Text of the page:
Late night eating

I often take care of kids on desmopressin (DDAVP). This is a medication that children take at night to decrease the amount of urine they produce.  I’m shocked that patients take it without any drinking restrictions, this can be a dangerous practice.  However, I’ve never asked them to change their eating practices.

Michelet et al. (2016) wanted to identify if pharmacokinetics differed between fed vs fasted children and different formulations, tablet vs melts.  Pharmacokinetics refers to the absorption, metabolism, and excretion of a drug.  I tell my patients that we dose desmopressin off of effectiveness, not off of their weight.  They found that the melts were absorbed better and children that had fasted also absorb the medication better.

My Opinion: We do not have desmopressin melts as an option in the United States, so I recommend the tablets.  (The nasal spray is no longer recommended to treat bedwetting because of the increased risk of headaches and nosebleeds.) I currently recommend to every patient that they start with the smallest dose possible. I have them start with one tablet of 0.2 mg and every week go up by one pill for a maximum of 3 pills.  If they are dry every night on one pill that’s where they stay.  I also educate them to stop drinking one hour before taking the medication and NOT to drink anything after taking the medication.  This is to decrease their risk of decreasing their sodium and having headaches or seizures.  It’s very rare but it’s important to know the risks.   This study is interesting because I’ve never recommended my patients stop eating prior to taking their desmopressin.  If a child has been very difficult to treat and isn’t responding to behavioral interventions we trial desmopressin.  If desmopressin isn’t working (100% dry nights), I will now encourage their family to have dinner earlier, so their child can have better absorption and increase the efficacy of the medication.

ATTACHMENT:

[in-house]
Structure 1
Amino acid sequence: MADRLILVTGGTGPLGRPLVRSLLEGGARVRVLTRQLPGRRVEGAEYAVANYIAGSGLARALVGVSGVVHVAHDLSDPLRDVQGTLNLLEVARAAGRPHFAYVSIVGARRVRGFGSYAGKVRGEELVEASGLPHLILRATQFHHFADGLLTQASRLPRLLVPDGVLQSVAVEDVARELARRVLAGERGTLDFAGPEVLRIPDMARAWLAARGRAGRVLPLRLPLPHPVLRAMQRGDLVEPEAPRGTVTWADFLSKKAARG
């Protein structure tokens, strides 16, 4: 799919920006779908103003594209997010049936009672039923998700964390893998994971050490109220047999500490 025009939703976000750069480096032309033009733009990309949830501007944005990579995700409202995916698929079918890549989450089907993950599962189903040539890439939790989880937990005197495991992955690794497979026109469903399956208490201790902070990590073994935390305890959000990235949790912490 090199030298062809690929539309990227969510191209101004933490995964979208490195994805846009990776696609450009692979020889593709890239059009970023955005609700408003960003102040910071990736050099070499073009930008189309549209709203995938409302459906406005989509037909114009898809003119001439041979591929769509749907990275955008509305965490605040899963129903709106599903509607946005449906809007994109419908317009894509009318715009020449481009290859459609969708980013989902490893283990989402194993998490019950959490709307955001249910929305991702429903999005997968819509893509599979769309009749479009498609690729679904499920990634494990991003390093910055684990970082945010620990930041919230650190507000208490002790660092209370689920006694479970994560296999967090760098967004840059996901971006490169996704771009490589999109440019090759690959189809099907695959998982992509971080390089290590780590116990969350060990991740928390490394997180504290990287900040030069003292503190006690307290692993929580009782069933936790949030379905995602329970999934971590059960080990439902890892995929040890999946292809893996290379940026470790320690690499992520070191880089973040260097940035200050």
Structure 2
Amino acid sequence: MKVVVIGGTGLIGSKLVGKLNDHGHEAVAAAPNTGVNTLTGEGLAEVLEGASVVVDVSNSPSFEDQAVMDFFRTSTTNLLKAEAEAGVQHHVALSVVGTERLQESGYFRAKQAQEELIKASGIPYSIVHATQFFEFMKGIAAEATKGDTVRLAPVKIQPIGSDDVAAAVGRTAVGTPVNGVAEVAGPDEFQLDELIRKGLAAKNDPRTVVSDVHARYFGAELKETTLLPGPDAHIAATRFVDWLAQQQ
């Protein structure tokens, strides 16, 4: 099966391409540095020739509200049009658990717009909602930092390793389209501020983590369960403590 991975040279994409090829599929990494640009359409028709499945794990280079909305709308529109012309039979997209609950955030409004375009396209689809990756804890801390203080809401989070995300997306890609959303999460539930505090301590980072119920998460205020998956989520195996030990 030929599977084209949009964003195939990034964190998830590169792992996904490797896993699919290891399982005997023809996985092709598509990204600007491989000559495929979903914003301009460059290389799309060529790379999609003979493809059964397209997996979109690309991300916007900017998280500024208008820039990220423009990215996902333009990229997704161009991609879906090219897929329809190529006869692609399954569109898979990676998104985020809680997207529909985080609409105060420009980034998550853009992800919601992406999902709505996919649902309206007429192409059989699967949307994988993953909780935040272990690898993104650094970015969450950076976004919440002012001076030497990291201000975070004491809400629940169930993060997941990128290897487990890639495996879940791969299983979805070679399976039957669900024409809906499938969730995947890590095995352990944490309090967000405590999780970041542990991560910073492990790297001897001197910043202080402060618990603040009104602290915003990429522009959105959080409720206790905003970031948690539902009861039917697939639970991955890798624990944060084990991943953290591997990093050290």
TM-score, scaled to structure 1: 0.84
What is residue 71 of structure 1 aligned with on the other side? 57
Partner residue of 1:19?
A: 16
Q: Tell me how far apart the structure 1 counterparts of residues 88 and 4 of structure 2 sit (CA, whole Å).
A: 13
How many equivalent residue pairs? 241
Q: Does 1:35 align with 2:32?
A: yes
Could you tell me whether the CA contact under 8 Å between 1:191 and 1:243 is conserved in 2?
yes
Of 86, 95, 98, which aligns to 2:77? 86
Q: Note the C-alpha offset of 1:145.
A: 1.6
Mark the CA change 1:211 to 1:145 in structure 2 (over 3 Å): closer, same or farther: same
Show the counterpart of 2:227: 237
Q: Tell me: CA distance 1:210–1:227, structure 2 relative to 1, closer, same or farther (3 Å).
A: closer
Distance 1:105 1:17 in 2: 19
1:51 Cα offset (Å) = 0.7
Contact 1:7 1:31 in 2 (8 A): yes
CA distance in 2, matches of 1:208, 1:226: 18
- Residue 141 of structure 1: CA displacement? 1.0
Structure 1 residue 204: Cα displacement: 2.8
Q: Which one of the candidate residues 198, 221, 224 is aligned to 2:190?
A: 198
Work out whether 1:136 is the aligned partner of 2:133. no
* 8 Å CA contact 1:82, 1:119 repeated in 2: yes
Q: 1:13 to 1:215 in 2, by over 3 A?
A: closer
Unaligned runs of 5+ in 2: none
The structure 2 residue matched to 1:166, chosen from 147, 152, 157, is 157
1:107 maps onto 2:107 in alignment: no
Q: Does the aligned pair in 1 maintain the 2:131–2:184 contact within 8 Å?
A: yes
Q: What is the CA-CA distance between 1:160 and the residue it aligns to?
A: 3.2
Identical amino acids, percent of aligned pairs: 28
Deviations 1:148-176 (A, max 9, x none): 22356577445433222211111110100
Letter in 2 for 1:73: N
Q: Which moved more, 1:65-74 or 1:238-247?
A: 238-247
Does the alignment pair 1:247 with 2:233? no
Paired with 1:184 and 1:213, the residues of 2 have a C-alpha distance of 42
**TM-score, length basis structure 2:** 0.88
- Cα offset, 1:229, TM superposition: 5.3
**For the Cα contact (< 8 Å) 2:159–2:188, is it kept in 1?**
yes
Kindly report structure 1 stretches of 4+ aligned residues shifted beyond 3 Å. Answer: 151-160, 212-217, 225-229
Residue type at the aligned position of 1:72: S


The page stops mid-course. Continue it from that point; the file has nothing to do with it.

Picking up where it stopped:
Michelet, R., Dossche, L., Bruyne, P. D., Colin, P., Boussery, K., Walle, J. V., . . . Vermeulen, A. (2016). Effects of Food and Pharmaceutical Formulation on Desmopressin Pharmacokinetics in Children. Clinical Pharmacokinetics,55(9), 1159-1170. doi:10.1007/s40262-016-0393-4

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